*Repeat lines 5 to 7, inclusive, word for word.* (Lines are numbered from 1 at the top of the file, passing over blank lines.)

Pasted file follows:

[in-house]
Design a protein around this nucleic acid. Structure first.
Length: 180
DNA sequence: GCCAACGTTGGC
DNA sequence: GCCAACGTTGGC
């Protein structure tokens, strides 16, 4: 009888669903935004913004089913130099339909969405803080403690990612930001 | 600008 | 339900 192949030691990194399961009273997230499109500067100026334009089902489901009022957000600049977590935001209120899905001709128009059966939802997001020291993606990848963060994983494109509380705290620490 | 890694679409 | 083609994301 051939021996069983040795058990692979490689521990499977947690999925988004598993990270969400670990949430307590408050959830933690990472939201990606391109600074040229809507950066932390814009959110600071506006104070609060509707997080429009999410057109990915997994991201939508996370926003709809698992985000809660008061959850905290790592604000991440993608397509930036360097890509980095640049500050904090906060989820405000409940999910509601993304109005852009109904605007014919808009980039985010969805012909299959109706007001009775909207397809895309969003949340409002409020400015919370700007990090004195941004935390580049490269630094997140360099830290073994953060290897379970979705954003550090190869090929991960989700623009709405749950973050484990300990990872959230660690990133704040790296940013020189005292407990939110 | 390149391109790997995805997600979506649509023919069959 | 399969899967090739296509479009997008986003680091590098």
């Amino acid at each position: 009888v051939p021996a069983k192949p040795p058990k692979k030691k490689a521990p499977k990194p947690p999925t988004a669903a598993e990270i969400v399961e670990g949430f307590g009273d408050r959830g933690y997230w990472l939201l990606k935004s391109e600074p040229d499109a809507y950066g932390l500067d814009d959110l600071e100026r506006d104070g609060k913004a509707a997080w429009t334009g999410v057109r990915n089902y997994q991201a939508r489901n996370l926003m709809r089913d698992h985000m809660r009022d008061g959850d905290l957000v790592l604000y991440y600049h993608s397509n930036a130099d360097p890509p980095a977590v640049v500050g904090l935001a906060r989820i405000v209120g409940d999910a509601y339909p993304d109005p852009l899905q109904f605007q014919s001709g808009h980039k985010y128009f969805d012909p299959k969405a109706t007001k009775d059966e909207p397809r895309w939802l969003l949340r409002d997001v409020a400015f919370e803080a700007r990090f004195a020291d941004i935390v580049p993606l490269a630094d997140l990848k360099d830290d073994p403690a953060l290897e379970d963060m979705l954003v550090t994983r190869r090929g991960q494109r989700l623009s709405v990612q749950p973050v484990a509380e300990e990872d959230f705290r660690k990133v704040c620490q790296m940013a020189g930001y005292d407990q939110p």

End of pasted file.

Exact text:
DNA sequence: GCCAACGTTGGC
């Protein structure tokens, strides 16, 4: 009888669903935004913004089913130099339909969405803080403690990612930001 | 600008 | 339900 192949030691990194399961009273997230499109500067100026334009089902489901009022957000600049977590935001209120899905001709128009059966939802997001020291993606990848963060994983494109509380705290620490 | 890694679409 | 083609994301 051939021996069983040795058990692979490689521990499977947690999925988004598993990270969400670990949430307590408050959830933690990472939201990606391109600074040229809507950066932390814009959110600071506006104070609060509707997080429009999410057109990915997994991201939508996370926003709809698992985000809660008061959850905290790592604000991440993608397509930036360097890509980095640049500050904090906060989820405000409940999910509601993304109005852009109904605007014919808009980039985010969805012909299959109706007001009775909207397809895309969003949340409002409020400015919370700007990090004195941004935390580049490269630094997140360099830290073994953060290897379970979705954003550090190869090929991960989700623009709405749950973050484990300990990872959230660690990133704040790296940013020189005292407990939110 | 390149391109790997995805997600979506649509023919069959 | 399969899967090739296509479009997008986003680091590098």
């Amino acid at each position: 009888v051939p021996a069983k192949p040795p058990k692979k030691k490689a521990p499977k990194p947690p999925t988004a669903a598993e990270i969400v399961e670990g949430f307590g009273d408050r959830g933690y997230w990472l939201l990606k935004s391109e600074p040229d499109a809507y950066g932390l500067d814009d959110l600071e100026r506006d104070g609060k913004a509707a997080w429009t334009g999410v057109r990915n089902y997994q991201a939508r489901n996370l926003m709809r089913d698992h985000m809660r009022d008061g959850d905290l957000v790592l604000y991440y600049h993608s397509n930036a130099d360097p890509p980095a977590v640049v500050g904090l935001a906060r989820i405000v209120g409940d999910a509601y339909p993304d109005p852009l899905q109904f605007q014919s001709g808009h980039k985010y128009f969805d012909p299959k969405a109706t007001k009775d059966e909207p397809r895309w939802l969003l949340r409002d997001v409020a400015f919370e803080a700007r990090f004195a020291d941004i935390v580049p993606l490269a630094d997140l990848k360099d830290d073994p403690a953060l290897e379970d963060m979705l954003v550090t994983r190869r090929g991960q494109r989700l623009s709405v990612q749950p973050v484990a509380e300990e990872d959230f705290r660690k990133v704040c620490q790296m940013a020189g930001y005292d407990q939110p």